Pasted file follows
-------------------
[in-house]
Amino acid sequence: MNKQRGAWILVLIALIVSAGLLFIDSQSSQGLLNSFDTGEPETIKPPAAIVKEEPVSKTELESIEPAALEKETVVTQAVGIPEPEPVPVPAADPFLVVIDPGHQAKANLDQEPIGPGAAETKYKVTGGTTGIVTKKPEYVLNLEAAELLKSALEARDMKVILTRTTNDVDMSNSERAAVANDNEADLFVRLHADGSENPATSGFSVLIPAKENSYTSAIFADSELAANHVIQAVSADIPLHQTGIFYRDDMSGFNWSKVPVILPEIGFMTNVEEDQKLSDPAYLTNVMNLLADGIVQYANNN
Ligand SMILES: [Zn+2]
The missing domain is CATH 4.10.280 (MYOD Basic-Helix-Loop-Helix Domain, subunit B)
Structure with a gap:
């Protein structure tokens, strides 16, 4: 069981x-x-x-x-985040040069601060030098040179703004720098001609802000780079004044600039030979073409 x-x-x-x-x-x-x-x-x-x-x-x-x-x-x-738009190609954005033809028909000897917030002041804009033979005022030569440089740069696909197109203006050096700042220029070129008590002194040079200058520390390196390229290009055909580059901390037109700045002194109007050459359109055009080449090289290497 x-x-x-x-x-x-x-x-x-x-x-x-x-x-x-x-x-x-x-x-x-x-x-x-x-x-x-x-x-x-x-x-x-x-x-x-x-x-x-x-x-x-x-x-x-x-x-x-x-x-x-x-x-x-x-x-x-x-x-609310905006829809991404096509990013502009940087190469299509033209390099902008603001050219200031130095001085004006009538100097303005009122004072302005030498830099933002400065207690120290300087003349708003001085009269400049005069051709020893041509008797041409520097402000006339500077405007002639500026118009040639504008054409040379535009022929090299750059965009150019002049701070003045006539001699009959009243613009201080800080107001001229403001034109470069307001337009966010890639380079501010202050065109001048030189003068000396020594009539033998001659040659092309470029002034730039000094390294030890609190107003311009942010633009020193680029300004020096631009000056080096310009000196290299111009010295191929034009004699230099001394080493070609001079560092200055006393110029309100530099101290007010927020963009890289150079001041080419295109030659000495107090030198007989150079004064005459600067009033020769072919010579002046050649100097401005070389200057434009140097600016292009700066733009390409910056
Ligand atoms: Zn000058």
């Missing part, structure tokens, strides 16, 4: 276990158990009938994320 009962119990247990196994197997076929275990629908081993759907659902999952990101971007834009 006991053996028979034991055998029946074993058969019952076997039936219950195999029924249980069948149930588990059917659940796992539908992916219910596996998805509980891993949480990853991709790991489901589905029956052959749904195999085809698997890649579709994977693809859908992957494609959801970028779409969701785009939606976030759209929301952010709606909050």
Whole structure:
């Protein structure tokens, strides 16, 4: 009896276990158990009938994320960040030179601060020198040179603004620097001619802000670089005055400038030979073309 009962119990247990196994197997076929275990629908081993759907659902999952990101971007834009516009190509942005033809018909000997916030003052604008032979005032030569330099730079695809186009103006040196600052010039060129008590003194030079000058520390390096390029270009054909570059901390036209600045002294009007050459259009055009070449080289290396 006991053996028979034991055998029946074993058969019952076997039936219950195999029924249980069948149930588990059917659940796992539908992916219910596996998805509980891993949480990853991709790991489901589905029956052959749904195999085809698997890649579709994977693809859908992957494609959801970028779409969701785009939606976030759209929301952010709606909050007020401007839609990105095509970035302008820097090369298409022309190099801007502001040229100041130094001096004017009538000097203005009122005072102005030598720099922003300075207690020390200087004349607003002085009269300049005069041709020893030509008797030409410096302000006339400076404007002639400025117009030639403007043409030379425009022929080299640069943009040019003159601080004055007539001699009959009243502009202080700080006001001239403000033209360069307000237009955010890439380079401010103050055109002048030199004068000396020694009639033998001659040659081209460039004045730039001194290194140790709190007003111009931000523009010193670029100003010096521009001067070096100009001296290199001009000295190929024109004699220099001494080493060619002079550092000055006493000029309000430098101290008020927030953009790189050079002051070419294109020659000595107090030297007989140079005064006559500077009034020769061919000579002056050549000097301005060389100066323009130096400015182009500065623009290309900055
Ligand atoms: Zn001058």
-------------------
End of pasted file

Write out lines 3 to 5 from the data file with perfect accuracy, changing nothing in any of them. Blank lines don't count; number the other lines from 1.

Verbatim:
Ligand SMILES: [Zn+2]
The missing domain is CATH 4.10.280 (MYOD Basic-Helix-Loop-Helix Domain, subunit B)
Structure with a gap: